In Gypsy’s case, it started young. Dee Dee was convinced she had sleep apnea as a baby, and it only got worse from there – Mitchell writes: “Dee Dee told doctors there that Gypsy had seizures every couple of months, so they put her on anti-seizure medications. Dee Dee insisted to one doctor after another that her daughter had muscular dystrophy even after a muscle biopsy proved she didn’t. There were problems with her eyes and ears, too, Dee Dee insisted, poor vision and frequent ear infections. Doctors dutifully operated on her. If Gypsy had a cold or cough, she was taken to the emergency room.”

Later in Gypsy’s life, her eye muscles were repeatedly operated due to a supposed ‘weakness’. She was fed by a feeding tube, living on cans of PediaSure well into her twenties. Her saliva glands were removed because her mother said she drooled too much. And when Gypsy was eventually arrested, she told police officers she was 19 – but the birth certificate provided by her father proved she was actually 23.

Who stars in The Act?

Joey King, the star of Netflix’s hit romcom The Kissing Booth, shaved her head to transform into Gypsy for this role. In fact, King had to go through several physical changes for the part: “Her teeth changed throughout the story,” the actress told Variety.

“In pictures of her when she was younger, she had pretty buck teeth with some silver caps, and then as time went on, her teeth got kind of rotten, and then there’s two more stages after that where when you see her in interviews now, we had those teeth, too.” She also had to work on getting Gypsy’s voice down, working to change the pitch to something much higher than her natural tone, which King says made her sick four times during shooting: “Doing the voice with a sore throat is rough!”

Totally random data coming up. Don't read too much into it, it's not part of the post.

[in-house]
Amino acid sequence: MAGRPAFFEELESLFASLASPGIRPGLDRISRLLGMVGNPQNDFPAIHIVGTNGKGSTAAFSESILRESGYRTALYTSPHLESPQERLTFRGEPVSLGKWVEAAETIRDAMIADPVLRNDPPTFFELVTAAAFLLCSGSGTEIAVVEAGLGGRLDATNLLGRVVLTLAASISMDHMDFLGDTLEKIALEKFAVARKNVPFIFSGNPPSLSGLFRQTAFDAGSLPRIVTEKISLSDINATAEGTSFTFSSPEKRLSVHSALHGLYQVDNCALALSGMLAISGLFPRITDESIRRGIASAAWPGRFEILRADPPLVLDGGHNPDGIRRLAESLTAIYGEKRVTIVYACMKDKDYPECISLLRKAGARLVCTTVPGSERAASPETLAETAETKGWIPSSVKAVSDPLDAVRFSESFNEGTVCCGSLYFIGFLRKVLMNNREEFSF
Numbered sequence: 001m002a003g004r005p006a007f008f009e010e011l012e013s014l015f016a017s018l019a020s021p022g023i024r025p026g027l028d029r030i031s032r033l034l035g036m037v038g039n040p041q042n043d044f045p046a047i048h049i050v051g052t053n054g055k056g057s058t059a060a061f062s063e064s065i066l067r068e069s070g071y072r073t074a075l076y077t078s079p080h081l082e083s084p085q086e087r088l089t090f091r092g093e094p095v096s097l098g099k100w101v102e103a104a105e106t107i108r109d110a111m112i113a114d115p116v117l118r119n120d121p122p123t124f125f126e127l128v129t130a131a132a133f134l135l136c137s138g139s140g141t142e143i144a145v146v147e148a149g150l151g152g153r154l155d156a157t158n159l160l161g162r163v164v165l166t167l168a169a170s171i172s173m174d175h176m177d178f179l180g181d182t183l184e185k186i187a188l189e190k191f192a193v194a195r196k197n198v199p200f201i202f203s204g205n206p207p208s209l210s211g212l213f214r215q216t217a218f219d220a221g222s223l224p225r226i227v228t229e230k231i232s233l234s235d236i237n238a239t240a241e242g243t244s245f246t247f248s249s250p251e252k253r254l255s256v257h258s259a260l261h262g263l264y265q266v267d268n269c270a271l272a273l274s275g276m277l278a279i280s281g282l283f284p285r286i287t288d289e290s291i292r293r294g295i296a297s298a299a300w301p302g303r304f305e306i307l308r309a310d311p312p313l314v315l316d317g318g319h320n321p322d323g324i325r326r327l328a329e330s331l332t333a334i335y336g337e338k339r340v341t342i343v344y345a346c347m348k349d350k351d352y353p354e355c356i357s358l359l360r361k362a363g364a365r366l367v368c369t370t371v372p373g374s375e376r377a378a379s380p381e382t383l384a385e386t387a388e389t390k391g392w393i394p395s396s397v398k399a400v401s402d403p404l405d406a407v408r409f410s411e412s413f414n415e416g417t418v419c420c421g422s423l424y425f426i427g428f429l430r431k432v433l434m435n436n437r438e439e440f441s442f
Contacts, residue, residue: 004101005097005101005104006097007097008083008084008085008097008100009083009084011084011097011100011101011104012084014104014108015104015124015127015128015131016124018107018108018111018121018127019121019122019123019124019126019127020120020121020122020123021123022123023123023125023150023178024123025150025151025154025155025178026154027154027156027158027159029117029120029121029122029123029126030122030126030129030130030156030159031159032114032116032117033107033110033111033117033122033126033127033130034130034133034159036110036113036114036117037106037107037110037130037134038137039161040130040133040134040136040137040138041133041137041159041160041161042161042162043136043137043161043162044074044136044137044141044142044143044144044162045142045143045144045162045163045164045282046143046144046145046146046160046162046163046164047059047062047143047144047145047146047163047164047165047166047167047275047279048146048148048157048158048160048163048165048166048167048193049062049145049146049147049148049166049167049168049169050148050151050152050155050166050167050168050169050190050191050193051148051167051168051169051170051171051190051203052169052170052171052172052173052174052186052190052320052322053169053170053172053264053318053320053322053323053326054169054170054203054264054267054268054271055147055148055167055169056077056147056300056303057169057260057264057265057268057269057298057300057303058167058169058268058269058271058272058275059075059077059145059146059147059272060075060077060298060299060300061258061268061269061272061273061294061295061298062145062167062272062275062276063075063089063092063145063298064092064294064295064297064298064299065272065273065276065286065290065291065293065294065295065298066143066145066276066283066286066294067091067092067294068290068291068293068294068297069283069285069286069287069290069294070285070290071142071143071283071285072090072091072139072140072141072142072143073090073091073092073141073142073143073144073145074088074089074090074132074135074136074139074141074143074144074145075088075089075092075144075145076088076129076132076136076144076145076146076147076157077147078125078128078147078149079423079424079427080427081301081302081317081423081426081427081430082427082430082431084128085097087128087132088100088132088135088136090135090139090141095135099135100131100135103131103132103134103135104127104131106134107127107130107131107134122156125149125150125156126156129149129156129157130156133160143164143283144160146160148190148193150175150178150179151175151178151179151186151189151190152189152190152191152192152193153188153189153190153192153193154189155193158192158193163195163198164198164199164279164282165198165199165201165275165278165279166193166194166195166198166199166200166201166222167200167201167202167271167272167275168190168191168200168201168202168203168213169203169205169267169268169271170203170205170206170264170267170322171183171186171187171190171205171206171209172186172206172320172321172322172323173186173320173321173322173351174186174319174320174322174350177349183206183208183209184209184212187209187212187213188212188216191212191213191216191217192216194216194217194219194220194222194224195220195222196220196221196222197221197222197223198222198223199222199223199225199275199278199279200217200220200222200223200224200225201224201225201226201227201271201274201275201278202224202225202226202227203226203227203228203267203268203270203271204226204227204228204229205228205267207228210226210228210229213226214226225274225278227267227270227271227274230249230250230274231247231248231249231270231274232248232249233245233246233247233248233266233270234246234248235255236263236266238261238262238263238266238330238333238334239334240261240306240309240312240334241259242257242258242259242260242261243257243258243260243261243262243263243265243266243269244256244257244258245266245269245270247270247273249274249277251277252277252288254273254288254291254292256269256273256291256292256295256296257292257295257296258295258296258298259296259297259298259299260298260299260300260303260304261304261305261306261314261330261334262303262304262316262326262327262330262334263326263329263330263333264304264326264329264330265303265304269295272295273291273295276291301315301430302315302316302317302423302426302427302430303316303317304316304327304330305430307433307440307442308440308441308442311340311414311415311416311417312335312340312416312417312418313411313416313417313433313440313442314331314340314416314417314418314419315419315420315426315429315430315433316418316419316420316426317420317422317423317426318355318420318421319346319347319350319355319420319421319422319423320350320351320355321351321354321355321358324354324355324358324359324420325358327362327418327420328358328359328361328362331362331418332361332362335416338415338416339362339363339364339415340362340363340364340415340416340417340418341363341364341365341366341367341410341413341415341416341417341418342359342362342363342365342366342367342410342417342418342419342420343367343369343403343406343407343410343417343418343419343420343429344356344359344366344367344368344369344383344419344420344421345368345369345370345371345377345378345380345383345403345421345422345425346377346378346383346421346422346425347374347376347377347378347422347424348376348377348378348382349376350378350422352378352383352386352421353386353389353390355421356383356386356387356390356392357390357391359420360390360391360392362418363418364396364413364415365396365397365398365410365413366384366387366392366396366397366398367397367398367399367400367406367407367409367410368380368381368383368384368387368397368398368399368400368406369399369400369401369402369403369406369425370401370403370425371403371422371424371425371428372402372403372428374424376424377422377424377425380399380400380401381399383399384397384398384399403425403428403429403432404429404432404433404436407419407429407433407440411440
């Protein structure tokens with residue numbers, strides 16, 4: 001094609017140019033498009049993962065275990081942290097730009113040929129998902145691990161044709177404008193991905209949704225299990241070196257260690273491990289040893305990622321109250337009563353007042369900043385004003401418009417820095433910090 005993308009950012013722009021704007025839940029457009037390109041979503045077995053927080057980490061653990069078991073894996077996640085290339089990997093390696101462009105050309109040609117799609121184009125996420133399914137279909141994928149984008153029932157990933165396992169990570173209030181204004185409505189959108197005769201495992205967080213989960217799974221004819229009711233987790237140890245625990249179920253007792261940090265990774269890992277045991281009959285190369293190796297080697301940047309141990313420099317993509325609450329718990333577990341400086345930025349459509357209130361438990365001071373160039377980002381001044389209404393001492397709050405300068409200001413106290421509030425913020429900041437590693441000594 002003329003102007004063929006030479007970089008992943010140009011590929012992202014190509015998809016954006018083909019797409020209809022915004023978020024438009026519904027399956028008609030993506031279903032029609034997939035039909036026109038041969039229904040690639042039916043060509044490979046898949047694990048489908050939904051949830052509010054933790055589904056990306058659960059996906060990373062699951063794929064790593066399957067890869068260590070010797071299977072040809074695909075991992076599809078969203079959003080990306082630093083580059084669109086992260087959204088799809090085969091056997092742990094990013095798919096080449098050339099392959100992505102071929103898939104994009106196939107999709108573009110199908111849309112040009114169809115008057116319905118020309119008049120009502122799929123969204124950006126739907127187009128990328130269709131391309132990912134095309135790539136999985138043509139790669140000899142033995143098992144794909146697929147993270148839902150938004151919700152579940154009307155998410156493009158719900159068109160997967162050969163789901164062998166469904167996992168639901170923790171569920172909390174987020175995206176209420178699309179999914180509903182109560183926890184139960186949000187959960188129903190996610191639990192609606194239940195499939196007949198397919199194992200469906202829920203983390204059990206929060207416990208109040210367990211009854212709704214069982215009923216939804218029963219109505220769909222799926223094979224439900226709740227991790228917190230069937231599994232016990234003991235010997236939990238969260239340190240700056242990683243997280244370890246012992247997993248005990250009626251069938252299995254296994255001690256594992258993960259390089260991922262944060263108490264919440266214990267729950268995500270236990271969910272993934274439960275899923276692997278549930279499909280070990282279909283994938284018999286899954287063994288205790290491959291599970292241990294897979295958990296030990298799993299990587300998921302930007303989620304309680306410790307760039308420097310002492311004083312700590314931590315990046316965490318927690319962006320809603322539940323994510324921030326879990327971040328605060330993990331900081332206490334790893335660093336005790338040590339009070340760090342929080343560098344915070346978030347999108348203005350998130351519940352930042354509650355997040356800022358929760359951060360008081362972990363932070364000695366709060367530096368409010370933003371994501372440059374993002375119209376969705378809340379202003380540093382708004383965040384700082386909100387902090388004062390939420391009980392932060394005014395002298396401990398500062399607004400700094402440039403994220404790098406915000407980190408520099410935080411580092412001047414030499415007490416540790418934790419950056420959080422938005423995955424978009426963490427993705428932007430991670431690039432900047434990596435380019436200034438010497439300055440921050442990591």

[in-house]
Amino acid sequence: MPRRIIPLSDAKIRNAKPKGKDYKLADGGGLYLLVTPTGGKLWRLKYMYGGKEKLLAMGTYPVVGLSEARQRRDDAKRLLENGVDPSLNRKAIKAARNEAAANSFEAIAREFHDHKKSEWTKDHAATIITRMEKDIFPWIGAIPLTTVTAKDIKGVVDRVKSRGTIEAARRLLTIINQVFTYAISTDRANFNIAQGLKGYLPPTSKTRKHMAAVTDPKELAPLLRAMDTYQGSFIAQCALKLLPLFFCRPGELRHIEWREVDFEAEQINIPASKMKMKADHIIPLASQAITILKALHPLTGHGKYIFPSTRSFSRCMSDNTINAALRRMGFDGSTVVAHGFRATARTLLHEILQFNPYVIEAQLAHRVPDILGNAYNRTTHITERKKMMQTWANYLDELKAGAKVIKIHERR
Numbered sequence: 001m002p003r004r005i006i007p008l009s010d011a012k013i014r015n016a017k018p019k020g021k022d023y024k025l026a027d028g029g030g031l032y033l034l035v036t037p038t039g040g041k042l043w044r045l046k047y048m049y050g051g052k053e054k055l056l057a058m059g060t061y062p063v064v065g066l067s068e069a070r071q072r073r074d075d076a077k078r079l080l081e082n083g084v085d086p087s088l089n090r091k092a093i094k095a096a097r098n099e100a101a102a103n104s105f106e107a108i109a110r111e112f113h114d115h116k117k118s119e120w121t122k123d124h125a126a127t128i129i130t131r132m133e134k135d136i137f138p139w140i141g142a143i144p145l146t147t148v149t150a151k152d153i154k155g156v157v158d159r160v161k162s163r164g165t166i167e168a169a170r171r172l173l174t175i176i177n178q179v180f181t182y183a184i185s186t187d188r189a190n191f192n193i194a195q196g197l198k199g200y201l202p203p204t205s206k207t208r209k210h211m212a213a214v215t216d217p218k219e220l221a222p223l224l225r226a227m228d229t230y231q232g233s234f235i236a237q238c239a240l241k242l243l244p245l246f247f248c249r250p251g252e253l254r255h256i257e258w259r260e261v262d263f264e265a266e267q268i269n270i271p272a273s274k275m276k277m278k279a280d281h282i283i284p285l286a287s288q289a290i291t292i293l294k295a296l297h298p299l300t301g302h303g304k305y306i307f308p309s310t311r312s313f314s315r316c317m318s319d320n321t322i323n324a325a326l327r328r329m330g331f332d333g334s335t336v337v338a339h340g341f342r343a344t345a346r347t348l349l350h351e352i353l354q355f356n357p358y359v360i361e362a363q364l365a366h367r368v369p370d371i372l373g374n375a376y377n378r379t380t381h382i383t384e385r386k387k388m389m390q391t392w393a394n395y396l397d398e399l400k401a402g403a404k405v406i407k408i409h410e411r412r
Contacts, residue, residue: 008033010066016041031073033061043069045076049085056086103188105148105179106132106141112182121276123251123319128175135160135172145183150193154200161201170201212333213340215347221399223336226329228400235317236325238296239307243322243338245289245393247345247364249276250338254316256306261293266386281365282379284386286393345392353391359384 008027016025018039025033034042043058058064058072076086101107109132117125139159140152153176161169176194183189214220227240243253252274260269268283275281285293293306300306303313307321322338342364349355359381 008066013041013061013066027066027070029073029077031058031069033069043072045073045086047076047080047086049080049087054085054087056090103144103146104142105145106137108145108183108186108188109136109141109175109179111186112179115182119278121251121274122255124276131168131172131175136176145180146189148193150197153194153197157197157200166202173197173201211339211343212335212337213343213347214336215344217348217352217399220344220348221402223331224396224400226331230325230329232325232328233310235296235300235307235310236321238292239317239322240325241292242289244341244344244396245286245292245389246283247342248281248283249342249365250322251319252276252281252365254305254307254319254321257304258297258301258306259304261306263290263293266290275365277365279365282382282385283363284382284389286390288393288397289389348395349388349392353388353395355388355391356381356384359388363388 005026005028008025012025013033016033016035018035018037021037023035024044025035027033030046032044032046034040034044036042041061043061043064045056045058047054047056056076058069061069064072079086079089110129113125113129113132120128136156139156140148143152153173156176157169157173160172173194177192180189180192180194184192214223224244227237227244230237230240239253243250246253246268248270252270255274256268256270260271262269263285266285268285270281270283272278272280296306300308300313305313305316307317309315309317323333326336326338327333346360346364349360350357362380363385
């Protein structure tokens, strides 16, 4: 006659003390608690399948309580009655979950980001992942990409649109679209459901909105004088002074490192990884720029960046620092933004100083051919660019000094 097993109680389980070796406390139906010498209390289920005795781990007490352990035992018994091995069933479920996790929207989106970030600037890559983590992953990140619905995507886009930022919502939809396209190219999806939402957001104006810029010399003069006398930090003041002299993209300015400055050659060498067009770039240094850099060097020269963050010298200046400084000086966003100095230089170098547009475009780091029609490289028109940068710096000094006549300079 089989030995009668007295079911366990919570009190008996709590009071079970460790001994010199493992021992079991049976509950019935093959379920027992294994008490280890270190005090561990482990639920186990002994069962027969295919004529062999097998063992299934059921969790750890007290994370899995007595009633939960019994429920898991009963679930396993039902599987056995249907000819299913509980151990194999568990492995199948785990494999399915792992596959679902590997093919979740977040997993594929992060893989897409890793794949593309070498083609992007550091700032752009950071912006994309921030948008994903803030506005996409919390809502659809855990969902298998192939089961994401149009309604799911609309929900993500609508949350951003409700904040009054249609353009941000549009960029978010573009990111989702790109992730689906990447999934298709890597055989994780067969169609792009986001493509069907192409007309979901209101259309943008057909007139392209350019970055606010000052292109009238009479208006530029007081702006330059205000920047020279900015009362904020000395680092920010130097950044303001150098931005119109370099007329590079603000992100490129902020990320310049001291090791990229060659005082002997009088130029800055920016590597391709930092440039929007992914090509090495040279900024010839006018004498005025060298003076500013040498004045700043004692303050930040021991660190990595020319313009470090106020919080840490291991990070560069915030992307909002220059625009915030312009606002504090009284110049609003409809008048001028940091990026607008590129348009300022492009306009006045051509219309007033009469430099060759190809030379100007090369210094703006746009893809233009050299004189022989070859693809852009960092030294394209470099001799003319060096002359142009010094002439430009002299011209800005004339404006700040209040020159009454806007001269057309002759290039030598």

Patricia Arquette takes the role of her mother Dee Dee, whilst Chloë Sevigny and AnnaSophia Robb have supporting roles as the Blanchards’ neighbours.

Will you enjoy it?

It’s a hard watch, but that’s kind of the point. Dee Dee was a woman that loved her daughter – loved her too much. It was a toxic relationship in every sense of the word, and while Patricia Arquette is powerful and suffocating as Dee Dee, and Joey King is an absolute force as Gypsy Rose, from start to finish it is uncomfortable viewing.

The series doesn’t pull any punches, either – there are no twists in the tale. You realise from the start that something isn’t right about their relationship. The series doesn’t try to hide the fact that Gypsy isn’t really sick, or that something bad happens to Dee Dee. (In the first couple of episodes, Gypsy is beginning to question the legitimacy of her illnesses straight from the off, wondering why she’s in a wheelchair if she can walk, and the series opens with Dee Dee lying face down on her bed after her neighbours call the police.) Plus, many people will already be aware of this story, whether through Dean’s Buzzfeed ‘Mommy Dead and Dearest’ article or the HBO documentary (which managed to interview Gypsy from prison) that goes by the same name. This is more about how this strange story reached the end that it did, and it’s definitely worth a watch.

The Act is available on Hulu now.